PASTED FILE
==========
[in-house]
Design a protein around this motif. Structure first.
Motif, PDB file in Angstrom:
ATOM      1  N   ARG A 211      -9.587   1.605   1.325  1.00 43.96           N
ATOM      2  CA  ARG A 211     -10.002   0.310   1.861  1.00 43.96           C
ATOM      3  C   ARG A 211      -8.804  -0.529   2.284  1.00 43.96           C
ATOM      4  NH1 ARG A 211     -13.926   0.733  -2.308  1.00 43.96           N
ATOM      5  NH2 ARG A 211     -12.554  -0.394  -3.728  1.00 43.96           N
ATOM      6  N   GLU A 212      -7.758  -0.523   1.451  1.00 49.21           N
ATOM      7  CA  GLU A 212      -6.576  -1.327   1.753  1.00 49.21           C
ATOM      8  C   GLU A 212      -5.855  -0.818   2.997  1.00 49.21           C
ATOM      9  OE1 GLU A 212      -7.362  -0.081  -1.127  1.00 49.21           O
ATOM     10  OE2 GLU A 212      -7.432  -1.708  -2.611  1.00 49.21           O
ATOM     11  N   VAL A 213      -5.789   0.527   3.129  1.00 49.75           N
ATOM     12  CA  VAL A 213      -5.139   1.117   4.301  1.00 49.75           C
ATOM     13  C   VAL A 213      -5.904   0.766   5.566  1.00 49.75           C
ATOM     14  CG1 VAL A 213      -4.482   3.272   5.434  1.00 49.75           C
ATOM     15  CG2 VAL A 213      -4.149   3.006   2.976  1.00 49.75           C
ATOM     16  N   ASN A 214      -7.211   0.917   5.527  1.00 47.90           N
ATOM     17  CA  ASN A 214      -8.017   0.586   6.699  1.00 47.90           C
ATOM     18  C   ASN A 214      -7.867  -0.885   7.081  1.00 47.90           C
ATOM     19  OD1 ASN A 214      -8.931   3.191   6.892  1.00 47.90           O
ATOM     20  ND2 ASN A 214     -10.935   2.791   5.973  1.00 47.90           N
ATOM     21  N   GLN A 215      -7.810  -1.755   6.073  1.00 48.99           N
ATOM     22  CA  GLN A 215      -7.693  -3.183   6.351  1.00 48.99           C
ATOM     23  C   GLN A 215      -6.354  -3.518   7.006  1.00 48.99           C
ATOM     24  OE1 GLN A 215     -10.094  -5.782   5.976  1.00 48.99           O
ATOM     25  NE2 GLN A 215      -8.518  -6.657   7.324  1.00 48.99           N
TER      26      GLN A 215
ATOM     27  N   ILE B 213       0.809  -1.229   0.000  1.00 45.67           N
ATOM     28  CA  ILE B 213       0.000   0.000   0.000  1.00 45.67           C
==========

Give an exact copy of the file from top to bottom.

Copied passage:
[in-house]
Design a protein around this motif. Structure first.
Motif, PDB file in Angstrom:
ATOM      1  N   ARG A 211      -9.587   1.605   1.325  1.00 43.96           N
ATOM      2  CA  ARG A 211     -10.002   0.310   1.861  1.00 43.96           C
ATOM      3  C   ARG A 211      -8.804  -0.529   2.284  1.00 43.96           C
ATOM      4  NH1 ARG A 211     -13.926   0.733  -2.308  1.00 43.96           N
ATOM      5  NH2 ARG A 211     -12.554  -0.394  -3.728  1.00 43.96           N
ATOM      6  N   GLU A 212      -7.758  -0.523   1.451  1.00 49.21           N
ATOM      7  CA  GLU A 212      -6.576  -1.327   1.753  1.00 49.21           C
ATOM      8  C   GLU A 212      -5.855  -0.818   2.997  1.00 49.21           C
ATOM      9  OE1 GLU A 212      -7.362  -0.081  -1.127  1.00 49.21           O
ATOM     10  OE2 GLU A 212      -7.432  -1.708  -2.611  1.00 49.21           O
ATOM     11  N   VAL A 213      -5.789   0.527   3.129  1.00 49.75           N
ATOM     12  CA  VAL A 213      -5.139   1.117   4.301  1.00 49.75           C
ATOM     13  C   VAL A 213      -5.904   0.766   5.566  1.00 49.75           C
ATOM     14  CG1 VAL A 213      -4.482   3.272   5.434  1.00 49.75           C
ATOM     15  CG2 VAL A 213      -4.149   3.006   2.976  1.00 49.75           C
ATOM     16  N   ASN A 214      -7.211   0.917   5.527  1.00 47.90           N
ATOM     17  CA  ASN A 214      -8.017   0.586   6.699  1.00 47.90           C
ATOM     18  C   ASN A 214      -7.867  -0.885   7.081  1.00 47.90           C
ATOM     19  OD1 ASN A 214      -8.931   3.191   6.892  1.00 47.90           O
ATOM     20  ND2 ASN A 214     -10.935   2.791   5.973  1.00 47.90           N
ATOM     21  N   GLN A 215      -7.810  -1.755   6.073  1.00 48.99           N
ATOM     22  CA  GLN A 215      -7.693  -3.183   6.351  1.00 48.99           C
ATOM     23  C   GLN A 215      -6.354  -3.518   7.006  1.00 48.99           C
ATOM     24  OE1 GLN A 215     -10.094  -5.782   5.976  1.00 48.99           O
ATOM     25  NE2 GLN A 215      -8.518  -6.657   7.324  1.00 48.99           N
TER      26      GLN A 215
ATOM     27  N   ILE B 213       0.809  -1.229   0.000  1.00 45.67           N
ATOM     28  CA  ILE B 213       0.000   0.000   0.000  1.00 45.67           C